Sunday links: robots, cities, and the future
Warren Ellis: How To
See The Future.
The most basic mobile phone
is in fact a communications devices that shames
all of science fiction, all the wrist radios and
handheld communicators. Captain Kirk had to tune his
fucking communicator and it couldn’t text or take
a photo that he could stick a nice Polaroid filter
on. Science fiction didn’t see the mobile phone
coming. It certainly didn’t see the glowing glass
windows many of us carry now, where we make amazing
things happen by pointing at it with our fingers like
David H. Freedman: The
Rise of the Robotic Workforce.
it is a humanoid robot that has the potential to be
everything Brooks was shooting for: a breeze to use,
capable of handling any number of basic assembly-line
jobs, and ridiculously cheap.
John Naughton: Google's
self-guided car could drive the next wave of
[Google] engineers have
demonstrated that with smart software and an
array of sensors, a machine can perform a task of
sophistication and complexity most of us assumed would
always require the capabilities of humans. And that
means our assumptions about what machines can and
cannot do are urgently in need of updating.
Venkatesh Rao: Cloud
Mouse, Metro Mouse (via attention
Metro mice view cloud-mice
as philistines, incapable of appreciating the
finer things in life, represented by megacity
cultures. Cloud mice view the metro mice as
self-absorbed, urban supremacists with embarrassingly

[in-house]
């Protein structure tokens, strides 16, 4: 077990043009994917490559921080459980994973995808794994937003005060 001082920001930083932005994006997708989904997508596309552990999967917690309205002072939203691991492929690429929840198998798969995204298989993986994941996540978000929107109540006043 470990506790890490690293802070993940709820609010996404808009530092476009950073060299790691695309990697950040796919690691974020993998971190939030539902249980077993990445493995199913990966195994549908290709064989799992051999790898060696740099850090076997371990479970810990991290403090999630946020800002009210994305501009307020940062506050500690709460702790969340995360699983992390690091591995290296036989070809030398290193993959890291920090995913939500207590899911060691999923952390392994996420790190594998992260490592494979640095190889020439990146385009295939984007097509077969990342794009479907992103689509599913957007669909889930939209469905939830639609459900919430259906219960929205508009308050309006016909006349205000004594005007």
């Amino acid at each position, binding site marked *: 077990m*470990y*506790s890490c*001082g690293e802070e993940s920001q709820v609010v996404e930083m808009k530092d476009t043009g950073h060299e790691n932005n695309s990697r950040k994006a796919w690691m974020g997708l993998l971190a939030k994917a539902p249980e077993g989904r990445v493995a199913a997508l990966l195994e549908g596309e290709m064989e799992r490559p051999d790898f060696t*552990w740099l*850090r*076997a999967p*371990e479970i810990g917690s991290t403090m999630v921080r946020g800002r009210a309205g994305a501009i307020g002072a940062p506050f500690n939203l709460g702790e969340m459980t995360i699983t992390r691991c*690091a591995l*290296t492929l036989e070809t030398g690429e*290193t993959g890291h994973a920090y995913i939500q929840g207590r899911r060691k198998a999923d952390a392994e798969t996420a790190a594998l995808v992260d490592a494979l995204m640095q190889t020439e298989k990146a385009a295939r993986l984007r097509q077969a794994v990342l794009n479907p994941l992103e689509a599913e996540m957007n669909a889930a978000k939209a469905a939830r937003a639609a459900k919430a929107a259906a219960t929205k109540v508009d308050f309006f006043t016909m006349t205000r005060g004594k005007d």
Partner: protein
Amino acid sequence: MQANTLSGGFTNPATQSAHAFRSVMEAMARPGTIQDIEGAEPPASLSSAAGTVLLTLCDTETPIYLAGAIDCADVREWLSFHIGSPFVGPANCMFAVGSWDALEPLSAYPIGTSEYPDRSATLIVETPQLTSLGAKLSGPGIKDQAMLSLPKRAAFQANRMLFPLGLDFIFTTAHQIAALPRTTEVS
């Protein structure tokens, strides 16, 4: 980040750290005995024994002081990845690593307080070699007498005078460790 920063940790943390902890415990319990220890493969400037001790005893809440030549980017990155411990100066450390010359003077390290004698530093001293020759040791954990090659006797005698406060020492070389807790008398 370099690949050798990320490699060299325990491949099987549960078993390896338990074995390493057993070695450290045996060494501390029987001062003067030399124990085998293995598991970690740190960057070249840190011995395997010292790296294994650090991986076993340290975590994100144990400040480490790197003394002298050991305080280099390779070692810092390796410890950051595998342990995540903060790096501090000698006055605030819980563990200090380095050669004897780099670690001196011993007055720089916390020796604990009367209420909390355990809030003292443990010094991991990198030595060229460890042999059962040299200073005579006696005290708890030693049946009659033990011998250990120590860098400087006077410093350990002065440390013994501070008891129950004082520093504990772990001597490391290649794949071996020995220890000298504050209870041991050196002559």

Rosin: are men an endangered species?
was no longer about the depths men had sunk to; that
dynamic had been playing out for several decades and
was more or less played out. The new story was that
women, for the first time in history, had in many
ways surpassed them.
Timothy B. Lee: Restrictive
Zoning Is Crippling Silicon Valley’s Transit
People like me who would like there
to be more dense, walkable neighborhoods in America
face a kind of chicken-and-egg problem. Achieving
the necessary density requires a significant
fraction of people to give up their cars. Living
without a car is only practical in areas that are
well-served by transit. But a good transit system is
only economically viable in metropolitan areas that
already have significant density.
Washington's Blog: Cowardice
Is Destroying America.
The courage of the men
at Valley Forge was also a turning point in the war.
Slogging on through the dead of winter without shoes
inspired a nation. On the other hand, cowardice
makes people stupid and docile.
Syndicated 2012-10-14 13:25:35 from Don Marti